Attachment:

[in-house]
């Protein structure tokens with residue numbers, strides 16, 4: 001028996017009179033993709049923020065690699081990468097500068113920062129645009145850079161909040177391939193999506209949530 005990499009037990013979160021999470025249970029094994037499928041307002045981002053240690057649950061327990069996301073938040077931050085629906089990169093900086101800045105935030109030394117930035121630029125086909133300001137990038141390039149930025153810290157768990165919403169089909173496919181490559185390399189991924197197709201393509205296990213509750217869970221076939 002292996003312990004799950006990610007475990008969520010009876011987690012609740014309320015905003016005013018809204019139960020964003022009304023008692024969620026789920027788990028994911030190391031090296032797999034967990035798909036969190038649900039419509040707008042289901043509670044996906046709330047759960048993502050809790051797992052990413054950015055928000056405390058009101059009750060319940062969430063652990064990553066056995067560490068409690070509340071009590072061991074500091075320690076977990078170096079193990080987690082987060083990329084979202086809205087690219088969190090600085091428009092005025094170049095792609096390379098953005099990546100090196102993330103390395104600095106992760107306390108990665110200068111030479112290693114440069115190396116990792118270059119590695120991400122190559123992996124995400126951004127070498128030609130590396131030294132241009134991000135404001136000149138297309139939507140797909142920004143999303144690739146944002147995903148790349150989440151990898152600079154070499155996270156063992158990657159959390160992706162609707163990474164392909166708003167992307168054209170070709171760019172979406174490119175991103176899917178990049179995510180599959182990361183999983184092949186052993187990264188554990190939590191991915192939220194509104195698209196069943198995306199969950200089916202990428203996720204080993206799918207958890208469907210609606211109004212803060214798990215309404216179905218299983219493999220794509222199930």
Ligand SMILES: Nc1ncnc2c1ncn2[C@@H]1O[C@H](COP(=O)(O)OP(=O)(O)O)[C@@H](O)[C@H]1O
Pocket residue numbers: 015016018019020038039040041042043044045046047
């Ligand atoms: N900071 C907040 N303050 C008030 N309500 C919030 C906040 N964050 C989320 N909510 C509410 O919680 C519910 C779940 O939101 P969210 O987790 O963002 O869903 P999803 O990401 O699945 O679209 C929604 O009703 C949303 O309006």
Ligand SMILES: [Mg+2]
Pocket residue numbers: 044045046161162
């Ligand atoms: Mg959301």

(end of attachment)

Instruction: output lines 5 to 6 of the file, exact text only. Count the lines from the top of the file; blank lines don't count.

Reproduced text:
């Ligand atoms: N900071 C907040 N303050 C008030 N309500 C919030 C906040 N964050 C989320 N909510 C509410 O919680 C519910 C779940 O939101 P969210 O987790 O963002 O869903 P999803 O990401 O699945 O679209 C929604 O009703 C949303 O309006």
Ligand SMILES: [Mg+2]